Question: https://codility.com/demo/take-sample-test/chocolates_by_numbers

Question Name: Chocolates-By-Numbers or ChocolatesByNumbers

When we met with an empty wrapper, we must have been this position for twice. We use i for the first time and j for the second time. Due to the modulo feature, there must be nature number, to say k, so that: i * M + k * N = j * M. Then we could easily prove that the smallest (earliest) i must be zero (for all i != 0, then (i-i) * M + k * N = (j-i) * M ). So the first eaten position would be first position that you meet again. Finally, the j would be the number of chocolates that you will eat.

1 2 3 4 5 6 7 8 9 | def gcd(a, b): # Get the greatest common divisor if (a % b == 0): return b else: return gcd(b, a % b) def solution(N, M): lcm = N * M / gcd(N, M) # Least common multiple return lcm / M |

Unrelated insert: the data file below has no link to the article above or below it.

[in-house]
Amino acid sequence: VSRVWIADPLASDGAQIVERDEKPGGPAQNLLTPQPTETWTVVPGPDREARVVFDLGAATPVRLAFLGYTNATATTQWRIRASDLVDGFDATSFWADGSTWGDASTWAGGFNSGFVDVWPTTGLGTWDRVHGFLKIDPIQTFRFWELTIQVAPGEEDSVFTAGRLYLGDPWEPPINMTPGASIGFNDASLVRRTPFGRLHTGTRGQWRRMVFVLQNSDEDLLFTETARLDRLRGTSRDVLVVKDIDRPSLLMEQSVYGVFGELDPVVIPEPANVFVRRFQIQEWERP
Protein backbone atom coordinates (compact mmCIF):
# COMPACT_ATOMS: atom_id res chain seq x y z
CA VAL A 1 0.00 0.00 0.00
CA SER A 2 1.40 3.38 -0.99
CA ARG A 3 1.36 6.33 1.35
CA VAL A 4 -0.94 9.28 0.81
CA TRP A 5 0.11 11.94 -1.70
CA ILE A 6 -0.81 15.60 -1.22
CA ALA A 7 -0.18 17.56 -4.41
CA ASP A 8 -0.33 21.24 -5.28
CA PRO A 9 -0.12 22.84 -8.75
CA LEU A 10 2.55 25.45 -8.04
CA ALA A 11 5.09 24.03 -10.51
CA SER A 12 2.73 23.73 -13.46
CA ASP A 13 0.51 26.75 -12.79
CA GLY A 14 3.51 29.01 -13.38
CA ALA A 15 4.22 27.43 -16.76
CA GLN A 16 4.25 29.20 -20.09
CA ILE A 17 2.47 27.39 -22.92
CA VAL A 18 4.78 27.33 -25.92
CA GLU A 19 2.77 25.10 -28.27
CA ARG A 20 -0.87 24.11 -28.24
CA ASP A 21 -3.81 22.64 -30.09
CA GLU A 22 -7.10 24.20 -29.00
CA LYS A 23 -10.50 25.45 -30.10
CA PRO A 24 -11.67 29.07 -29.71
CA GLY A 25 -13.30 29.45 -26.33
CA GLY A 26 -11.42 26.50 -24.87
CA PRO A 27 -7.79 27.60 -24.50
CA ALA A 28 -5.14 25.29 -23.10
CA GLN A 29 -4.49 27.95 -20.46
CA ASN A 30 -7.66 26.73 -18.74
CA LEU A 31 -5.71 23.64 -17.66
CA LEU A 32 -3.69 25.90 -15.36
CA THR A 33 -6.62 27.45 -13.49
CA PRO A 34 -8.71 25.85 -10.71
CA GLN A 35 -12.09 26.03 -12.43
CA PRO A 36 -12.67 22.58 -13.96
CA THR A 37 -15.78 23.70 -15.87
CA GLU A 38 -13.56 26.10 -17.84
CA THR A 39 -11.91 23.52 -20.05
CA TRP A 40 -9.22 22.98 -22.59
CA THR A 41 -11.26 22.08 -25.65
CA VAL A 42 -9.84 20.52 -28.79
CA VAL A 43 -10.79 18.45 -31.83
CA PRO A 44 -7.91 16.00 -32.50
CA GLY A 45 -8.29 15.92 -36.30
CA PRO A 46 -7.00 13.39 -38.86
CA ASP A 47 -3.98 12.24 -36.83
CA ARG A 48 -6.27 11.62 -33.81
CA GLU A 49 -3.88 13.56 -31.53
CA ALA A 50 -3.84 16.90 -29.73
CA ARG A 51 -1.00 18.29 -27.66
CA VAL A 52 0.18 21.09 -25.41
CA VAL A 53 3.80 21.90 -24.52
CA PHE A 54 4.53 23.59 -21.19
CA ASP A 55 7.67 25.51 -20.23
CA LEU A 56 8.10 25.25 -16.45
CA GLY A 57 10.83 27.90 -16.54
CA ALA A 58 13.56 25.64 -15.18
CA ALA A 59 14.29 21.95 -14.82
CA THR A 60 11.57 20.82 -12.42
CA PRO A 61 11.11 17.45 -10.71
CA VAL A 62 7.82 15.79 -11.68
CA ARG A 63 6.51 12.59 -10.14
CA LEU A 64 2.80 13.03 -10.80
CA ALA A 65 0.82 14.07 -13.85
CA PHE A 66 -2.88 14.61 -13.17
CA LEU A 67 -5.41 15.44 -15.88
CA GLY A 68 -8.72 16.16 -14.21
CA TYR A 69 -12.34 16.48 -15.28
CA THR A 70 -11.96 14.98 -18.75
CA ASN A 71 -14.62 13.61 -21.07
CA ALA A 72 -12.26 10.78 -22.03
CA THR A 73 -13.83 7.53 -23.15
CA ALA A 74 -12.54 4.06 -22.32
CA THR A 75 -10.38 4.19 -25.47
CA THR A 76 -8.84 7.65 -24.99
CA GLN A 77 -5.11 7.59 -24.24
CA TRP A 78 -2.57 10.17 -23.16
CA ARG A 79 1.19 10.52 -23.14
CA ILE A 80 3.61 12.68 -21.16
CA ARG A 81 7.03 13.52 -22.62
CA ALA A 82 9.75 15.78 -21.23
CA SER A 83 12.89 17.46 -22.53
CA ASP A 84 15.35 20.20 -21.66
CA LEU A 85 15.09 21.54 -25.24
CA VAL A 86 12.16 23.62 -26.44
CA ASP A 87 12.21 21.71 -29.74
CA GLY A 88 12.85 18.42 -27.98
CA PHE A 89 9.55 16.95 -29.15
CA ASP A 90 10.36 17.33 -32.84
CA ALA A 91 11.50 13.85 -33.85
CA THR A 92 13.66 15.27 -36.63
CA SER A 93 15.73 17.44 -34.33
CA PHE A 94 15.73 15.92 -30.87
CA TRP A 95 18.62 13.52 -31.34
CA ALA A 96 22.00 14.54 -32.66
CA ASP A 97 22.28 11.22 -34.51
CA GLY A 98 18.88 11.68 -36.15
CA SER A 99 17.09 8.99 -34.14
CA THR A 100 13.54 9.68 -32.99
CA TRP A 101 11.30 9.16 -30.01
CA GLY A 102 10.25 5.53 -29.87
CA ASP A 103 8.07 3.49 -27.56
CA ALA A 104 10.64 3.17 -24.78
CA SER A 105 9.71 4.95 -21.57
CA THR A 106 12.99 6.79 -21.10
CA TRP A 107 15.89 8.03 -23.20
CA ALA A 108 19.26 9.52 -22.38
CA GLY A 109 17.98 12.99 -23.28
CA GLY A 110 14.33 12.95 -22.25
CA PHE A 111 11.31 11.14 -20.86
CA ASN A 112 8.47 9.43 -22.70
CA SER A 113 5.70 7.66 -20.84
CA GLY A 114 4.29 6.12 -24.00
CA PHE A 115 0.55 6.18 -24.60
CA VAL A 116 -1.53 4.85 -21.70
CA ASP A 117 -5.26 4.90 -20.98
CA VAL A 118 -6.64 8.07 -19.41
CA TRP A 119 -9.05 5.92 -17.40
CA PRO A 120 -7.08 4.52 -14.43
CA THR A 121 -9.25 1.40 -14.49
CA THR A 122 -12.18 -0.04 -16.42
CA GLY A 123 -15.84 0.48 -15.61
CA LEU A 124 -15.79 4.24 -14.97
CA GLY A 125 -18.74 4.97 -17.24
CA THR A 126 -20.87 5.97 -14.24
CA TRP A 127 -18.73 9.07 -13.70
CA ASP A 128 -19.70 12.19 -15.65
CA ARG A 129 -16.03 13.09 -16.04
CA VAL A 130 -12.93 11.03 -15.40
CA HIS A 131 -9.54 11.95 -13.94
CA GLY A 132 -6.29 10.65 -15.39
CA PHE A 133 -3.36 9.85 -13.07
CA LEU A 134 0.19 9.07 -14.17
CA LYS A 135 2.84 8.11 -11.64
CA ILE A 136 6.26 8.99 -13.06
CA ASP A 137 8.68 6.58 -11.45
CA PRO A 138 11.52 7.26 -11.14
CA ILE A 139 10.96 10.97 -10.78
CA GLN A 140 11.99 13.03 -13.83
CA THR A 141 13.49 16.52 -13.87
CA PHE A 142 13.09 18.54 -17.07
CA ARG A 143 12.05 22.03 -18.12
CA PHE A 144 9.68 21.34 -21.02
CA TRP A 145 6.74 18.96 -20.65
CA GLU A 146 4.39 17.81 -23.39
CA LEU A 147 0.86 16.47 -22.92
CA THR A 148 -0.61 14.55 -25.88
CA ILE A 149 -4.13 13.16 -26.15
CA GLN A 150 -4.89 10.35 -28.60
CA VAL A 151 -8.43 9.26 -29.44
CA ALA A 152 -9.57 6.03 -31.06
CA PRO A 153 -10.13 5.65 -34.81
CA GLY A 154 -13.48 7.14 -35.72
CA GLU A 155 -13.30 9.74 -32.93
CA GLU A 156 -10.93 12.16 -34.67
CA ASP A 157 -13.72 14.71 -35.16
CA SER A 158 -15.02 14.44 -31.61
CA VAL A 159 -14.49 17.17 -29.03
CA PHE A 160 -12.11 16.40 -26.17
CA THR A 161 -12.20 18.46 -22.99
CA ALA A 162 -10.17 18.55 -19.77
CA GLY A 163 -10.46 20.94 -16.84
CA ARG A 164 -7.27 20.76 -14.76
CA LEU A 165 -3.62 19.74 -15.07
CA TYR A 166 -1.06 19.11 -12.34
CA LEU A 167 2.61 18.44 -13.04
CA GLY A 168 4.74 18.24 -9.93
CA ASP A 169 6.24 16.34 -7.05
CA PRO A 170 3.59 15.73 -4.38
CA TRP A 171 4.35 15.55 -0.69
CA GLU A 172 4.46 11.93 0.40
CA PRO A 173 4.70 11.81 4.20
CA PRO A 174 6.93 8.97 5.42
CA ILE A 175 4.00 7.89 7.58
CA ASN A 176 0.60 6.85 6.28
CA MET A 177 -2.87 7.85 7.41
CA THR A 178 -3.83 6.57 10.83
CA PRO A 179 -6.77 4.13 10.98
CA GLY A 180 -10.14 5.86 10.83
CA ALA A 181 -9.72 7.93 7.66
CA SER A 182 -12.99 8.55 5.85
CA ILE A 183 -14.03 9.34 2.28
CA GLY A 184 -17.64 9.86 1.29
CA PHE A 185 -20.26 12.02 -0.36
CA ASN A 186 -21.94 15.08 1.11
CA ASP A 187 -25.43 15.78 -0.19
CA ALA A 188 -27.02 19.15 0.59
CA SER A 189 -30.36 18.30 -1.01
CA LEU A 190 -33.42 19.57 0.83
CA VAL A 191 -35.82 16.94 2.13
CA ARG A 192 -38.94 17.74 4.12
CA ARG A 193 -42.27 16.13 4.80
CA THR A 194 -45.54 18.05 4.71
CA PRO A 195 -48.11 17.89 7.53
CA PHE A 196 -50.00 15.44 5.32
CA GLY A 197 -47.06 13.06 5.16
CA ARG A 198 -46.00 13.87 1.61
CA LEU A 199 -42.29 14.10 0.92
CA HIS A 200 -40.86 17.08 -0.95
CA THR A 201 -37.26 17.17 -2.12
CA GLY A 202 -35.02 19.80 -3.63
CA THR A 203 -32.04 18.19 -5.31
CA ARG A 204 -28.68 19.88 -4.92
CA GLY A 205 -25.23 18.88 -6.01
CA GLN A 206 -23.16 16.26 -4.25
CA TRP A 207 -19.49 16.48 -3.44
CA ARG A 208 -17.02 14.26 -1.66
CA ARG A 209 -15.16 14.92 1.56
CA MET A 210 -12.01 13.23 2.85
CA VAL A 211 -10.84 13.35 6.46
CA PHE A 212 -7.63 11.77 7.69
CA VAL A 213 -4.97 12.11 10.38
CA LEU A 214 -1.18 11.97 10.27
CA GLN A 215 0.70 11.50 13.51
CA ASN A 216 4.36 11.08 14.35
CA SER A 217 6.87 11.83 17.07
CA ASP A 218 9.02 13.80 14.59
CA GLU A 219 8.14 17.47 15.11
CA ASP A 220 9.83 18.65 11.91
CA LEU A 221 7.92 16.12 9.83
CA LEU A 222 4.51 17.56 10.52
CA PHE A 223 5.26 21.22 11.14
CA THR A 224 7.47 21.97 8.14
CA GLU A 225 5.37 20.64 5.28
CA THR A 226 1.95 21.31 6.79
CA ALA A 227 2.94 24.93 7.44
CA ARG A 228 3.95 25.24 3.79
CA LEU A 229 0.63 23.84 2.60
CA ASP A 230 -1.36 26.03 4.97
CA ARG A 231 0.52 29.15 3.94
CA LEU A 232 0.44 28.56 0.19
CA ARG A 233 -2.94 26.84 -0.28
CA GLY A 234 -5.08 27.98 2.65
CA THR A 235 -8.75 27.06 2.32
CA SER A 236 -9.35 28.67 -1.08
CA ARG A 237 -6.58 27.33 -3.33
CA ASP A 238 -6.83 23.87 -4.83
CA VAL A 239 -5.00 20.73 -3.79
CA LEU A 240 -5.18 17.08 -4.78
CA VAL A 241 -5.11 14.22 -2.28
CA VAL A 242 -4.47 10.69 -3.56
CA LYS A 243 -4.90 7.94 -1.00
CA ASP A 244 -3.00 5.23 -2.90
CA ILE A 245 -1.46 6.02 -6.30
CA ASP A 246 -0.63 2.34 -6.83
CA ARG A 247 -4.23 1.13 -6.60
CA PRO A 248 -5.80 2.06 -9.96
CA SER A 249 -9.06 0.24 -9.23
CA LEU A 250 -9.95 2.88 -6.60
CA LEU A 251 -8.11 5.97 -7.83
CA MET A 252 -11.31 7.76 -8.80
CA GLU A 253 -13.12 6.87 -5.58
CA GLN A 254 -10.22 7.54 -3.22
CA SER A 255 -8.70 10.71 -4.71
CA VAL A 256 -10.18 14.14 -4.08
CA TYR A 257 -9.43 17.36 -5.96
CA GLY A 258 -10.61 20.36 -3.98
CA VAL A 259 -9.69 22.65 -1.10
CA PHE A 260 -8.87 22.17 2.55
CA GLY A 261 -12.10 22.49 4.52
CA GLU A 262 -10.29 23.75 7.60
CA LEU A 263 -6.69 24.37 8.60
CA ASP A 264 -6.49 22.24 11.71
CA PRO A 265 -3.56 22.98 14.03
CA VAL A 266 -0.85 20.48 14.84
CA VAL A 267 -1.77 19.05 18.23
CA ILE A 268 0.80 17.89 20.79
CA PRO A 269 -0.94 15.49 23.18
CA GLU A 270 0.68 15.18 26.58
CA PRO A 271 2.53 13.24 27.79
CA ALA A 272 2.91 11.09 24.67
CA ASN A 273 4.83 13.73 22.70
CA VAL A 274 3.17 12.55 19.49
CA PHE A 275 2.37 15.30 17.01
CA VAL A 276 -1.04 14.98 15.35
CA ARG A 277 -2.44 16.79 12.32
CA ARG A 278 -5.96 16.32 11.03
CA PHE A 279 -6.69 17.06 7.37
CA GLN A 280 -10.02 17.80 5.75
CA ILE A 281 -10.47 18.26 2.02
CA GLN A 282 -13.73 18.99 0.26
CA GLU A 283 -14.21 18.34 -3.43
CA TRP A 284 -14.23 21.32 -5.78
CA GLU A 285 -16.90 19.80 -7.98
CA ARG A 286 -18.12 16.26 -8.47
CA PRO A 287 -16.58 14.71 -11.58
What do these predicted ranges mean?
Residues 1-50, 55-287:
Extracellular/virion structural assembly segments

You can just remove M from last two lines, so it becomes:

N / gcd(N, M) # this is the correct result

You are right! Thanks for your reminder!

First of all, congratulations for the blog, it is an incredible source of knowledge!

I came up with an alternative solution without using the gcd() function. It looks good but the performance for extremely large numbers not satisfied, I just can’t figure out why https://app.codility.com/demo/results/trainingXCB2M3-MYJ/

I leave it here in case someone finds it useful, its only 87%. Thanks again!

A java solution with 100/100

@Leo,

How did you come up with the following?

round <= (N/oneRoundMaxChocolate) +1

The above implies that the maximum value of "round" is "(N/oneRoundMaxChocolate)+1"

c# 100%